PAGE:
PGBIG is instrumental in getting that message out to the community. They hold bike rodeos at schools, sell low-cost helmets, make presentation to workplace groups and have booths at community events like Canada Day celebrations to talk about what steps can be taken to avoid getting hurt and what services are available for people in the community who have acquired a brain injury.
"Quite often when you begin a conversation, they share that they know someone or they themselves have experienced a brain injury and that's often how we get clientele," PGBIG education and injury prevention co-ordinator Julia Koopmans said.
Northern Brain Injury Association remote case manager Will Lewis estimates that up to 95 per cent of injuries can be prevented and his group is trying to spread their safety message across northern B.C. through a poster campaign and educational outreach. His group is also in the process of developing brochures to insure brain injury prevention in the workplace.
Lewis said finding ways to reduce the number of injuries will not only benefit the health and welfare of citizens, it will also safe the healthcare system money in the long run as the cost of treating brain injury survivors runs in the billions of dollars annually.
The safety message appears to be working as more people wear helmets when they engage in leisure activities.
"When you look at downhill skiing, when I was a kid, none of us wore helmets," PG BIG case manager Jane Daigle said. "When I went skiing this winter, the mountain I was on, there wasn't one person on that mountain without a helmet."
Angus McDonald knows firsthand how the importance of wearing protective headgear. He had a helmet on his head on Sept. 16, 2009 as he was riding his bike along Northwood Pulpmill Road and was hit by a pickup truck.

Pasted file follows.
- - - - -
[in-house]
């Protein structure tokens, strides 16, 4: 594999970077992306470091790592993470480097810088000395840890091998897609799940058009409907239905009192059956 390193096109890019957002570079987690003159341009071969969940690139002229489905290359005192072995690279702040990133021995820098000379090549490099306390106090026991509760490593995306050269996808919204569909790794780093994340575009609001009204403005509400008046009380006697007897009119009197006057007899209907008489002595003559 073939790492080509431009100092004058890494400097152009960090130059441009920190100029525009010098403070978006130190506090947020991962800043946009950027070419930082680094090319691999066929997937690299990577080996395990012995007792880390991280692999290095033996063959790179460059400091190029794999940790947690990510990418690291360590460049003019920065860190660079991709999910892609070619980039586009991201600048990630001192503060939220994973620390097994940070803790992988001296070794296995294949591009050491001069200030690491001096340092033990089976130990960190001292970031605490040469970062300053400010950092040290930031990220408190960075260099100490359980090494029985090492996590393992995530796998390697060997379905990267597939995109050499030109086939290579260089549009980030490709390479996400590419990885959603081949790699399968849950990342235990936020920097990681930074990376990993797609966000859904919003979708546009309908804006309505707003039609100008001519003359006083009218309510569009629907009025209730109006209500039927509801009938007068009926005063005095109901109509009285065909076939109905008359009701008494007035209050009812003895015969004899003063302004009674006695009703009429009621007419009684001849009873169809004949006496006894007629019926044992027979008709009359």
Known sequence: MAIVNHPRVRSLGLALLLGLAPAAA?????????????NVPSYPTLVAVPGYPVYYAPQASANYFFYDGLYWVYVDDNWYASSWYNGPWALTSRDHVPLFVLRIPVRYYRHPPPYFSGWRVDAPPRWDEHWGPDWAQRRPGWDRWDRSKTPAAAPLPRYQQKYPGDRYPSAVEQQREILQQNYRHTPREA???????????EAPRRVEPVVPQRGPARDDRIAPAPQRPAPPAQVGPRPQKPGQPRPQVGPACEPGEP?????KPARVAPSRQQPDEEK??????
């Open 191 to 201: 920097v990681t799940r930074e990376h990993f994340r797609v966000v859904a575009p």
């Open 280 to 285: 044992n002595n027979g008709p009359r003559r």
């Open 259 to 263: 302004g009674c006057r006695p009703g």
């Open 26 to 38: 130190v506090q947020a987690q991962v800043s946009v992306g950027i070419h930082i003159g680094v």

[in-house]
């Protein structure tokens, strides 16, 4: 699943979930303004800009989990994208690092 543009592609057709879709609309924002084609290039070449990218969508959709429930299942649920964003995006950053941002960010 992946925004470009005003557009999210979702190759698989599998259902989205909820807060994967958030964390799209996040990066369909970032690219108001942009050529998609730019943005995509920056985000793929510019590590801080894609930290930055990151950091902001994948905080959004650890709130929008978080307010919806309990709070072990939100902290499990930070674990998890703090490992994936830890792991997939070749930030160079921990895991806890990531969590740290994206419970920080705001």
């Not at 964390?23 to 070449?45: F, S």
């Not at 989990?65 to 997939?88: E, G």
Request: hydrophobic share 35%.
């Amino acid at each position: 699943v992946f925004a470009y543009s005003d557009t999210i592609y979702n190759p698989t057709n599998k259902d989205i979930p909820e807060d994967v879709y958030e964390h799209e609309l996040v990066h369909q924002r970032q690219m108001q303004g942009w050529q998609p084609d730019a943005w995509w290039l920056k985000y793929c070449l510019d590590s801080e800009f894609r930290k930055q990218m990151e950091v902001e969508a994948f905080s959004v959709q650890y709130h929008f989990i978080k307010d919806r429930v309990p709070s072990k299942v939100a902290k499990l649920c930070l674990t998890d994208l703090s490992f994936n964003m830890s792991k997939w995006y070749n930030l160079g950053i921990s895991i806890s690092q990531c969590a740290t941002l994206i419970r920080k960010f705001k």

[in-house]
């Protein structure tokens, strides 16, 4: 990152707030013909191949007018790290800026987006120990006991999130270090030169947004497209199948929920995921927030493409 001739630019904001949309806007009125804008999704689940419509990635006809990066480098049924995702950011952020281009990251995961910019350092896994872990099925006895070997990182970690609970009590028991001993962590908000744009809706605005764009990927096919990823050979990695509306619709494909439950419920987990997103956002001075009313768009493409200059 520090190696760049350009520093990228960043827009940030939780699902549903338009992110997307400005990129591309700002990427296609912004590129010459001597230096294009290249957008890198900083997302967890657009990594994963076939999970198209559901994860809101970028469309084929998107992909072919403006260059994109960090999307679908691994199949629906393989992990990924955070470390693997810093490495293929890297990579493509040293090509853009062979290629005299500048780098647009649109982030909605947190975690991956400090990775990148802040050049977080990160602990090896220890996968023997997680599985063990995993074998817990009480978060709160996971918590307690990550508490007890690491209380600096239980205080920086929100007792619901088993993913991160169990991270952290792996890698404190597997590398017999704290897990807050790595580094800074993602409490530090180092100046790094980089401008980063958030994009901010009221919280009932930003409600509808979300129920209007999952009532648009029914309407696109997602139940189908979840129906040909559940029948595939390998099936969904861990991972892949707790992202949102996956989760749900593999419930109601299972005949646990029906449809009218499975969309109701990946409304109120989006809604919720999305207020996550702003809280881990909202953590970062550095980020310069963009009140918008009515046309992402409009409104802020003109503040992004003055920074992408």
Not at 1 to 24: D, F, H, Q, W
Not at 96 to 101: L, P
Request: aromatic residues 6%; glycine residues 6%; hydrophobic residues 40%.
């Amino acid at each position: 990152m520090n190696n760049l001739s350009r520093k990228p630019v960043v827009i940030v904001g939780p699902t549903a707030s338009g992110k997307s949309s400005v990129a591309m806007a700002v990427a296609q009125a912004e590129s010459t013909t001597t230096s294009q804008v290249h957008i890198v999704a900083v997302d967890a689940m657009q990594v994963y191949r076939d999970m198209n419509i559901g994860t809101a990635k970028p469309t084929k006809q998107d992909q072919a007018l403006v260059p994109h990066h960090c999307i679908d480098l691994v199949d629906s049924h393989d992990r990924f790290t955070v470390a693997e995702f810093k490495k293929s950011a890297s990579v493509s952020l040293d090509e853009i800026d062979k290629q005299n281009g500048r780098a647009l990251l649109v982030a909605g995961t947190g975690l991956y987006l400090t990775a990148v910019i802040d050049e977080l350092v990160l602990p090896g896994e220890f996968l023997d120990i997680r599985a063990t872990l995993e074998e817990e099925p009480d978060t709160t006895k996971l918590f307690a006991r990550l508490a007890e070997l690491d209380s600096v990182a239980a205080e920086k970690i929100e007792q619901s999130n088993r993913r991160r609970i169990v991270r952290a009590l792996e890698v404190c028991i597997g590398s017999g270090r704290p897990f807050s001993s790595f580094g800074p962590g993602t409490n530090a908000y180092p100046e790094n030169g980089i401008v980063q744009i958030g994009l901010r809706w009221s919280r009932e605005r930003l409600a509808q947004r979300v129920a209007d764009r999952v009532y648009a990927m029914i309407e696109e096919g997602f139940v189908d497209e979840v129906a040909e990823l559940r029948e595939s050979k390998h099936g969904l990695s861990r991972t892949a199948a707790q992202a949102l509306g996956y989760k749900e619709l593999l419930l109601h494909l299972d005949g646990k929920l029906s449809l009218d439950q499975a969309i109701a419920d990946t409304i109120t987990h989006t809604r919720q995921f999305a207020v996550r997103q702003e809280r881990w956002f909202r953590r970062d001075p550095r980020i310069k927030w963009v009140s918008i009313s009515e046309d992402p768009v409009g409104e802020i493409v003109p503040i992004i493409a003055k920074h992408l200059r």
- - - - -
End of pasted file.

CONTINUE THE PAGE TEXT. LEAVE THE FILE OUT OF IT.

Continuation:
He credits the helmet with saving his life, but the collision still caused serious physical injuries as well as a brain injury.
"I'm incredibly lucky. I should not be here, I should be dead," McDonald said. "I was minutes away from death, bleeding to death and I was on the road not breathing. I'm very thankful that I'm still here."
As a result of his brain injury, McDonald has trouble keeping his balance. The former Iceman champion can no longer cross-country ski and has problems speed skating. He estimates that his athletic regime is about 10 per cent of what it once was.
McDonald believes that by sharing his story he can help raise awareness about brain injury prevention. He brings his message to school groups to let children know the dangers of cycling without a helmet.
"Just wearing a helmet, even for basic things, can help save your life and save your head," he said. "I think it's important to show people how physically damaged I am and how important it is to protect your head."
Despite the life-changing nature of a brain injury, not everyone responds well to helmet and brain health campaigns.
Some in the athletic community get protective of their sports and worry that too much emphasis on brain injury prevention could change the nature of games like hockey and football.
Daigle said her group is not trying to shut contact sports down, but just ensure the right precautions are taken before athletes step on to the field or ice.
"Our message is having the right gear for the right sport," she said.
Another area where local brain injury prevention advocates are promoting more helmet use is among people with mobility challenges who use motorized scooters to get around.
"They have a high centre of gravity, a very narrow wheel base that that's a recipe for disaster," Lewis said. "It's one of those things like with motorcycles where it takes time for people to realize the extent of the danger and then actually do something to deal with it."